Between deportation, coronavirus and who knows what else, BC Camplight had trials and tribulations before we caught onto him, Getintothis’ Jamie Bowman catches up with him as he shares some wisdom.
Several bands and artists have had the misfortune to dubbed ‘unlucky’ over the years.
Baggy survivors The Charlatans were dogged by death, jail sentences and a dodgy account while the tragic story of Badfinger’s demise is woven into rock legend.
For poor Ritchie Valens it was all decided on the toss of a coin.
Were it not for his incredible powers of recovery it would be tempting to add Brian Christinzio, the inimitable force behind BC Camplight, to this list.
Just days before the native Philadelphian’s 2015 album How To Die In The North was released, he was deported and banned from the UK because of visa issues.
Estranged from his new home, his girlfriend and his dog, unable to promote his album and back home with his parents, Christinzio sunk deep into the dark.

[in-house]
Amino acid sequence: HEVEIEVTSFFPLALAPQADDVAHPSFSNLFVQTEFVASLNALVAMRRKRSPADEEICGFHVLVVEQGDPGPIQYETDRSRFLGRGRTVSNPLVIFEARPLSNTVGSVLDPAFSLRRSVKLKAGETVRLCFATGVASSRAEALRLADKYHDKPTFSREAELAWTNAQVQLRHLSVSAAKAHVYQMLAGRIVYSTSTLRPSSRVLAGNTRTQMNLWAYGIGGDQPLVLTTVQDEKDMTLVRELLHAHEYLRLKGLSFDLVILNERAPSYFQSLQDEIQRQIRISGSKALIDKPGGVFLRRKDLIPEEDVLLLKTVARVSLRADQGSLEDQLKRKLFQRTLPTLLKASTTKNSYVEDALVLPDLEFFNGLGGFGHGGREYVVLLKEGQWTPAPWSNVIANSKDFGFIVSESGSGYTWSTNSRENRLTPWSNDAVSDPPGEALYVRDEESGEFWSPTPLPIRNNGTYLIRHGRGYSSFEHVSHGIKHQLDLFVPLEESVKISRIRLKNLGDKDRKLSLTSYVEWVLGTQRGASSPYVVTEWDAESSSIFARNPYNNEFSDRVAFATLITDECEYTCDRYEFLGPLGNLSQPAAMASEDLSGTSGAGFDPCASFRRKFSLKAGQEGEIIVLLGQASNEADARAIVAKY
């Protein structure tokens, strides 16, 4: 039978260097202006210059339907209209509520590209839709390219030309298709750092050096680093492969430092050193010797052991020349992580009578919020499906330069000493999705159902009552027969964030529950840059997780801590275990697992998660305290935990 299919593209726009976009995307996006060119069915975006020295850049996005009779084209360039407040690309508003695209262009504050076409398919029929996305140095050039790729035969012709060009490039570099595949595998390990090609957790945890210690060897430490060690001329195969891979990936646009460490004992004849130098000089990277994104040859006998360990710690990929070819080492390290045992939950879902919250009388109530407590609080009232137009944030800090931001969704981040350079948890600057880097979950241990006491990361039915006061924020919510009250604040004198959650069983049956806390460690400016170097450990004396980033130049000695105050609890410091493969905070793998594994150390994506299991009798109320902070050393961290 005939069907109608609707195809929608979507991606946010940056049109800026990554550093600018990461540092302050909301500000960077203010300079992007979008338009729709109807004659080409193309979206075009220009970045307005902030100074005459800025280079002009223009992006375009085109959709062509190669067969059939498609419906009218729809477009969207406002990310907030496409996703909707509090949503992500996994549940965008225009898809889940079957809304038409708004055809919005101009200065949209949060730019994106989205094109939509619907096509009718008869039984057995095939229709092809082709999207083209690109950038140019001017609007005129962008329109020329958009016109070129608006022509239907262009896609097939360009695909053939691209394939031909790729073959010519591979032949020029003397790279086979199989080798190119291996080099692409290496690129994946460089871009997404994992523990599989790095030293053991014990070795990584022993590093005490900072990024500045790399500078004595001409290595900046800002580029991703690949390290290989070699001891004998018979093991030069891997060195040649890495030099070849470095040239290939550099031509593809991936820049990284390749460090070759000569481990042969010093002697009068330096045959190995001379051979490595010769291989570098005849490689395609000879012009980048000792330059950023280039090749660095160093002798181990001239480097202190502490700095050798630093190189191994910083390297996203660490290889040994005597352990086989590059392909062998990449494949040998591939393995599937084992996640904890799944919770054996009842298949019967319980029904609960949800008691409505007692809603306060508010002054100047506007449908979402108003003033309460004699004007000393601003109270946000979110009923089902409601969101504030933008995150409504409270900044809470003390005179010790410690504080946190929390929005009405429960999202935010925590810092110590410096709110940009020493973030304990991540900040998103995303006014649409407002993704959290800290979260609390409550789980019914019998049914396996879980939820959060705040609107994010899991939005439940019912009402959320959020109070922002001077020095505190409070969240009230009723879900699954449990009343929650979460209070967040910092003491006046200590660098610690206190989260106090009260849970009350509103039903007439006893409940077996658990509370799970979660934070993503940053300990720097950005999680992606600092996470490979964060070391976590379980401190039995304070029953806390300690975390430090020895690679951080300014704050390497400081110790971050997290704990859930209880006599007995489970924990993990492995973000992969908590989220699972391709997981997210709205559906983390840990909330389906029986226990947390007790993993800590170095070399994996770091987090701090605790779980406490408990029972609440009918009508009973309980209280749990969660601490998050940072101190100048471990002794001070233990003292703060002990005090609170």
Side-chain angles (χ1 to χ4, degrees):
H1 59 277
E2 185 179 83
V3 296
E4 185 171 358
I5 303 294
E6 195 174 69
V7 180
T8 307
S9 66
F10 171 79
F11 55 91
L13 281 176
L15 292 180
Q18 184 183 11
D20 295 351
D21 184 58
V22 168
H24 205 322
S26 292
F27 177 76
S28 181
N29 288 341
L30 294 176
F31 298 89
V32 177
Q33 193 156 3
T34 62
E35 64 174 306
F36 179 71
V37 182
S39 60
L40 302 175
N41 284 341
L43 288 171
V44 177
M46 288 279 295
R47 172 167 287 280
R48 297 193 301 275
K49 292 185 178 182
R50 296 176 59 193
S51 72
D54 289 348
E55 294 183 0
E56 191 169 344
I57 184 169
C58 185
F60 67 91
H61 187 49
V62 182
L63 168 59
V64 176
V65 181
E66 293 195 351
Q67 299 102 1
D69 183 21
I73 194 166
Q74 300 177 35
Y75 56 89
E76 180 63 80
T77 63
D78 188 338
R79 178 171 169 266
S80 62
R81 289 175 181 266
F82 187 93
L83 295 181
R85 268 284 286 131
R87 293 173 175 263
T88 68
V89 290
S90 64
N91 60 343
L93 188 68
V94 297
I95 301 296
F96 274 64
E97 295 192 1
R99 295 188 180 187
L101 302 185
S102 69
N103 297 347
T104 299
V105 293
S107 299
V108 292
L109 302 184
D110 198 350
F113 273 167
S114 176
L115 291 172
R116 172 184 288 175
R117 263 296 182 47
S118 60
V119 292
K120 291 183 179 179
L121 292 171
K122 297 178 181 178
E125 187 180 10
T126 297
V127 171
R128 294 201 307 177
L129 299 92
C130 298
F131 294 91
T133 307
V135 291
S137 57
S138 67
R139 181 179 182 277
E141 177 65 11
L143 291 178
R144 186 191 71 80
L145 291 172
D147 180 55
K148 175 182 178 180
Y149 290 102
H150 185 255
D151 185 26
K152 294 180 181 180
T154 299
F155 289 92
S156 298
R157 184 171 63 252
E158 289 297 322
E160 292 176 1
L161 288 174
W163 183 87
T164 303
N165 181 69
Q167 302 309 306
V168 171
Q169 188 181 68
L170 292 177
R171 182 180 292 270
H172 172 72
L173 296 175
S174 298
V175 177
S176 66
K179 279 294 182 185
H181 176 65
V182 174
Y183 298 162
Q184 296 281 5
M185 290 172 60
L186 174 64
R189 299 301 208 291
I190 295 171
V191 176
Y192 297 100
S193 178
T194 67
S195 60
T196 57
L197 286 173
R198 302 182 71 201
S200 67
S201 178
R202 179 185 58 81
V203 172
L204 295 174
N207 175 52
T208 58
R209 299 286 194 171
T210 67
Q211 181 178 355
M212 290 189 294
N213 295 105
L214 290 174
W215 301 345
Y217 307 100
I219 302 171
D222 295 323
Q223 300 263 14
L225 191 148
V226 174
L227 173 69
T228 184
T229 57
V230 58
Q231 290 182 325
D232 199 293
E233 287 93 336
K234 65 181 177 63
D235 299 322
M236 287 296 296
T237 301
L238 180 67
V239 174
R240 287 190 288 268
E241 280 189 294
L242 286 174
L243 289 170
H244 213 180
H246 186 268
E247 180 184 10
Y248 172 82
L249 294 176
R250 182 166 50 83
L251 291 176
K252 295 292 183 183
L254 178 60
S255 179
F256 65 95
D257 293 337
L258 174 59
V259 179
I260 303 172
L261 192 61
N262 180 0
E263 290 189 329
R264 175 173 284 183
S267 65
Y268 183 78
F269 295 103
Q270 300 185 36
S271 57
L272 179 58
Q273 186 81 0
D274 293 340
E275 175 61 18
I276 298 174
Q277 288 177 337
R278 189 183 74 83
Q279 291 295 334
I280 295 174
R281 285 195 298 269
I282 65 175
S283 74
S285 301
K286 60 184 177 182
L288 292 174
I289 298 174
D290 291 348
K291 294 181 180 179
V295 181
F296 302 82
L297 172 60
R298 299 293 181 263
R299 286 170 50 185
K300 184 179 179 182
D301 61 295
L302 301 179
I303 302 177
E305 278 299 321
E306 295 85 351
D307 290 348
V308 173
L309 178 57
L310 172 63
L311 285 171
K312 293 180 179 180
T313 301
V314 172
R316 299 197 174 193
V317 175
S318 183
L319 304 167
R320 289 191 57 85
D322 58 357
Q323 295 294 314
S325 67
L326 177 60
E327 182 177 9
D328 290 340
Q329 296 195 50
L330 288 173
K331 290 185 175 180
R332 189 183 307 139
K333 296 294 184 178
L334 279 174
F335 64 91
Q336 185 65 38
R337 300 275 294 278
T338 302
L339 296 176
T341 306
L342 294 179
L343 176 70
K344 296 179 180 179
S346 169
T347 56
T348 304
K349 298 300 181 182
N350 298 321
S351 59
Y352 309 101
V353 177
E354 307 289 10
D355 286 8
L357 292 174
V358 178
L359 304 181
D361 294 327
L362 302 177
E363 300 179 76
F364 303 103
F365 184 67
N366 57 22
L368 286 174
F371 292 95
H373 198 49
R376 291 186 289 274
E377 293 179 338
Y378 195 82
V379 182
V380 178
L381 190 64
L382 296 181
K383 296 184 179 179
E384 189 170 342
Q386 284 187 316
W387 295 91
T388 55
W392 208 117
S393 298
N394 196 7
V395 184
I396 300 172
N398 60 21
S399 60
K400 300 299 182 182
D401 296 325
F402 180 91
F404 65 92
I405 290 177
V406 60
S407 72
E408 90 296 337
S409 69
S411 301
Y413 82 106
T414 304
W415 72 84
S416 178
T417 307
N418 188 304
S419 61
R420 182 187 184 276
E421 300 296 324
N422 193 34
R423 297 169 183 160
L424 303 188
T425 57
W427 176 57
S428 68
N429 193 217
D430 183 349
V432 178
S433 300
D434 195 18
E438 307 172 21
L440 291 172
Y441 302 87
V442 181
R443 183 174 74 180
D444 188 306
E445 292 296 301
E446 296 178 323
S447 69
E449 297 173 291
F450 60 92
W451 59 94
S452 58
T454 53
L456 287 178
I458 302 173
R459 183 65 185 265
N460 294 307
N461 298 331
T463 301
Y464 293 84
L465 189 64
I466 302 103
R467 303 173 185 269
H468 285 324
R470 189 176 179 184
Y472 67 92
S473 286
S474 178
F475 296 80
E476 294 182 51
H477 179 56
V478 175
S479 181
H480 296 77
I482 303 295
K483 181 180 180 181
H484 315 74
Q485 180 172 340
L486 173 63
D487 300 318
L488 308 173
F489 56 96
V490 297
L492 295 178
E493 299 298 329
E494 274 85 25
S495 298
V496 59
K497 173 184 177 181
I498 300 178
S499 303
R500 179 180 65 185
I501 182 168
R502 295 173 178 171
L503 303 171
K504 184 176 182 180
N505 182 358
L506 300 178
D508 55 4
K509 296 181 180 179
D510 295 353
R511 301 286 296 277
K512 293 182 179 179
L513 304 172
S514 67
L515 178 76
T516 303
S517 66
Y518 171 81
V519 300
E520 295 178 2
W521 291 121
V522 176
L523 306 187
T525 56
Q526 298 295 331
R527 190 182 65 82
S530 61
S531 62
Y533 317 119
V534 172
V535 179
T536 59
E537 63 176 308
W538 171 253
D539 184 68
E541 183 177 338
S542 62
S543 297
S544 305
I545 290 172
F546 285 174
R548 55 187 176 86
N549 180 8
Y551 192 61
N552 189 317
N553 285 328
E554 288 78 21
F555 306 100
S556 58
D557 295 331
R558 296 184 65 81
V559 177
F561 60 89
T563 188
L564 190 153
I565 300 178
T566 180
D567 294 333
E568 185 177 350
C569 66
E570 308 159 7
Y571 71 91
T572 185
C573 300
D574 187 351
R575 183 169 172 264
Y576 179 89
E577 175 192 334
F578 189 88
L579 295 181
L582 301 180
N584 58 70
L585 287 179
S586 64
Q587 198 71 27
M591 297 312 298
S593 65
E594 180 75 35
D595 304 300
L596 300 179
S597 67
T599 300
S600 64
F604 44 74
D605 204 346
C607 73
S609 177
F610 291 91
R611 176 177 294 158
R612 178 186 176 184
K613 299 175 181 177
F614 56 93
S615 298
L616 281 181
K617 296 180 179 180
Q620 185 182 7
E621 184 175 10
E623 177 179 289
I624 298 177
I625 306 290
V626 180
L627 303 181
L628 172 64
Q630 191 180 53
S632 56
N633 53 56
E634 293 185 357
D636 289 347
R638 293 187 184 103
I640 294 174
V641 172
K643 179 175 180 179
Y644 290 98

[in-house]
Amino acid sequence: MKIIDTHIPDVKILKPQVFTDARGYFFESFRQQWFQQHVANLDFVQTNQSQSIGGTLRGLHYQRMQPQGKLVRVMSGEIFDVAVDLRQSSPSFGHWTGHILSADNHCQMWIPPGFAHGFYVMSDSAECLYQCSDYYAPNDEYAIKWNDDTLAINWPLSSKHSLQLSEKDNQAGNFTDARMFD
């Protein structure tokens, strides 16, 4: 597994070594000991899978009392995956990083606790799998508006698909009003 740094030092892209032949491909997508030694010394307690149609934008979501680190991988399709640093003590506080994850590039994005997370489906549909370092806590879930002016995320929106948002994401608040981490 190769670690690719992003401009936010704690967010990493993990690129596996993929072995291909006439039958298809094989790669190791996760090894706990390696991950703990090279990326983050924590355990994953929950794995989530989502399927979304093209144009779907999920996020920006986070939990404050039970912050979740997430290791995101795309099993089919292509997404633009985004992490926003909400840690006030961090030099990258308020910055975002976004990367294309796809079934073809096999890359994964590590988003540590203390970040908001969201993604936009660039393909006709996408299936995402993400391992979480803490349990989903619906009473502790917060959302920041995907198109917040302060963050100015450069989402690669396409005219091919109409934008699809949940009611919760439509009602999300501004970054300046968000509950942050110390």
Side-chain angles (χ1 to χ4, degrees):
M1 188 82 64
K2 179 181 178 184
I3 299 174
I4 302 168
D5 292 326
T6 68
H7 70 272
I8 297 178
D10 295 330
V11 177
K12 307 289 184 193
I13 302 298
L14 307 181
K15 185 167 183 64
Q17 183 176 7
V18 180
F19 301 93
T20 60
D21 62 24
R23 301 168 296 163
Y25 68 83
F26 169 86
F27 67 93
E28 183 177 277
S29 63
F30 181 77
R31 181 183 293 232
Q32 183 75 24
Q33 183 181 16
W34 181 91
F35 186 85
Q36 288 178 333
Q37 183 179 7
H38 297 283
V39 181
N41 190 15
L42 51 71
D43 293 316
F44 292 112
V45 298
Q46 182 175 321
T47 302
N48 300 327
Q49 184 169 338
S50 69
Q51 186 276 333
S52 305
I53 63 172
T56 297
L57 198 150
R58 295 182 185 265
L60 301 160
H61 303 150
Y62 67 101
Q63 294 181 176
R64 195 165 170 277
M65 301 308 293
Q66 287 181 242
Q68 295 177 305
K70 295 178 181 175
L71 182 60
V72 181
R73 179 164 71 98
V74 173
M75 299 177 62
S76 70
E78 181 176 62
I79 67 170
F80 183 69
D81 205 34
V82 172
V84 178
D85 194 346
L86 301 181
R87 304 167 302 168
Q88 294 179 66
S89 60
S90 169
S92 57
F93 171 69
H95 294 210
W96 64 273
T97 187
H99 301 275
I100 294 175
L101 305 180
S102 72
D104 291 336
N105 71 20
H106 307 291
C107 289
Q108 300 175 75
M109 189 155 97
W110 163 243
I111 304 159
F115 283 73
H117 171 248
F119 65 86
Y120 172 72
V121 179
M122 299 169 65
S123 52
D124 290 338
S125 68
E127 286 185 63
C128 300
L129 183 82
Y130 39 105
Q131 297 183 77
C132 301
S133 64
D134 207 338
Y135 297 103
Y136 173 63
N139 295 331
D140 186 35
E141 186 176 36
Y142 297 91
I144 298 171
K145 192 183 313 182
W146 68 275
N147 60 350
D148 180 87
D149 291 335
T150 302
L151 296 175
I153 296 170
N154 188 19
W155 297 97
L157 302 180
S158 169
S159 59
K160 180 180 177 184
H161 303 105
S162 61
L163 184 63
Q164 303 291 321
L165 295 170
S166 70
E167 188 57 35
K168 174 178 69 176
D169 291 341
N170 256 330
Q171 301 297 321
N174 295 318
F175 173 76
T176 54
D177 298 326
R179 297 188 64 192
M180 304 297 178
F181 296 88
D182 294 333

An Italian passport, care of his grandparents, eventually allowed him to re-settle in Manchester, but then just days before 2018’s Deportation Blues was released, his father Angelo unexpectedly died.
Now, as he gears up for the release of Shortly After Takeoff, his final, and finest, chapter of what Christinzio calls his “Manchester Trilogy“, the 40-year-old is having to cope with the postponement of his upcoming Spring headline tour dates due to the coronavirus crisis.
“I’ve always felt like this,” sighs Christinzio, pondering the stress and worry that is engulfing not only the music industry but the whole world.
“I just feel that now everyone is catching me up. I’ve been doing music professionally since 2005 and it wasn’t until 2018 that things started to fall in place and I was able to look after myself and my profile began to grow.
“I guess the title of the new album is based on the fact that just as things were going well for me it all collapsed again. It was a bit predictable – it’s the way things go for me.”
Chrisinzio‘s story is a fascinating one. He signed a record deal with One Little Indian as far back as 2003 after establishing himself on Philadelphia’s live music scene.
He played live with members of The War on Drugs and released two albums, in 2005 and 2007.